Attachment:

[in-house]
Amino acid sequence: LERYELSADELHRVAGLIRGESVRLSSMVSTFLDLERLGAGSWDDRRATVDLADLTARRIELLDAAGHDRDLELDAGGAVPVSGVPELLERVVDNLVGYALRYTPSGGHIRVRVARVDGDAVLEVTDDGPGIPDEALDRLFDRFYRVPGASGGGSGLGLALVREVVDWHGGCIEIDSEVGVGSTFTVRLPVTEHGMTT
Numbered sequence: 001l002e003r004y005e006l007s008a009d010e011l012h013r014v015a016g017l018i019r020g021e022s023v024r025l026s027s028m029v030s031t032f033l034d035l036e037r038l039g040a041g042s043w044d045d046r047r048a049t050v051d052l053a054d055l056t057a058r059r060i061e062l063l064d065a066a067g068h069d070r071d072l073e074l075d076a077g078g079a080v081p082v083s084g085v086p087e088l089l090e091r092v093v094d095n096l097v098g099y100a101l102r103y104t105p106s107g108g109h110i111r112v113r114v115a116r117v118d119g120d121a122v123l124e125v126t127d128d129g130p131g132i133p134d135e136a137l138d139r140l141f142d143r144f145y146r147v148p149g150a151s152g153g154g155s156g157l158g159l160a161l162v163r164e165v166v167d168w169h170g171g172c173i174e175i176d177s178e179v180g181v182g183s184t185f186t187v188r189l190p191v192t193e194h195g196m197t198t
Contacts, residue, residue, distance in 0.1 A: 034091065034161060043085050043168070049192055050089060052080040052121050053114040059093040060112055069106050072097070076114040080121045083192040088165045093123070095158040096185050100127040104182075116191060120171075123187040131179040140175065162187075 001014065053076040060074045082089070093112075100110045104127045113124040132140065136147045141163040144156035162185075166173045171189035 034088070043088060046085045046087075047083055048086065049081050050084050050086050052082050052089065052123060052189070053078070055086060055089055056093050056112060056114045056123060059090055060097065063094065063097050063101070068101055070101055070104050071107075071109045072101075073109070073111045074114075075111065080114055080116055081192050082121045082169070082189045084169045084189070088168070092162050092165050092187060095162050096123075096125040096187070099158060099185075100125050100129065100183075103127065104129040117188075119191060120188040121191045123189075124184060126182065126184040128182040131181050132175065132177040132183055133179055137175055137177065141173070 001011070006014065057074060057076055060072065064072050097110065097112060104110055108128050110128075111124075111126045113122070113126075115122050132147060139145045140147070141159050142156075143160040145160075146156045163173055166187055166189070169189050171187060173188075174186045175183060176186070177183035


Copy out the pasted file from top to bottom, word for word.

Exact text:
[in-house]
Amino acid sequence: LERYELSADELHRVAGLIRGESVRLSSMVSTFLDLERLGAGSWDDRRATVDLADLTARRIELLDAAGHDRDLELDAGGAVPVSGVPELLERVVDNLVGYALRYTPSGGHIRVRVARVDGDAVLEVTDDGPGIPDEALDRLFDRFYRVPGASGGGSGLGLALVREVVDWHGGCIEIDSEVGVGSTFTVRLPVTEHGMTT
Numbered sequence: 001l002e003r004y005e006l007s008a009d010e011l012h013r014v015a016g017l018i019r020g021e022s023v024r025l026s027s028m029v030s031t032f033l034d035l036e037r038l039g040a041g042s043w044d045d046r047r048a049t050v051d052l053a054d055l056t057a058r059r060i061e062l063l064d065a066a067g068h069d070r071d072l073e074l075d076a077g078g079a080v081p082v083s084g085v086p087e088l089l090e091r092v093v094d095n096l097v098g099y100a101l102r103y104t105p106s107g108g109h110i111r112v113r114v115a116r117v118d119g120d121a122v123l124e125v126t127d128d129g130p131g132i133p134d135e136a137l138d139r140l141f142d143r144f145y146r147v148p149g150a151s152g153g154g155s156g157l158g159l160a161l162v163r164e165v166v167d168w169h170g171g172c173i174e175i176d177s178e179v180g181v182g183s184t185f186t187v188r189l190p191v192t193e194h195g196m197t198t
Contacts, residue, residue, distance in 0.1 A: 034091065034161060043085050043168070049192055050089060052080040052121050053114040059093040060112055069106050072097070076114040080121045083192040088165045093123070095158040096185050100127040104182075116191060120171075123187040131179040140175065162187075 001014065053076040060074045082089070093112075100110045104127045113124040132140065136147045141163040144156035162185075166173045171189035 034088070043088060046085045046087075047083055048086065049081050050084050050086050052082050052089065052123060052189070053078070055086060055089055056093050056112060056114045056123060059090055060097065063094065063097050063101070068101055070101055070104050071107075071109045072101075073109070073111045074114075075111065080114055080116055081192050082121045082169070082189045084169045084189070088168070092162050092165050092187060095162050096123075096125040096187070099158060099185075100125050100129065100183075103127065104129040117188075119191060120188040121191045123189075124184060126182065126184040128182040131181050132175065132177040132183055133179055137175055137177065141173070 001011070006014065057074060057076055060072065064072050097110065097112060104110055108128050110128075111124075111126045113122070113126075115122050132147060139145045140147070141159050142156075143160040145160075146156045163173055166187055166189070169189050171187060173188075174186045175183060176186070177183035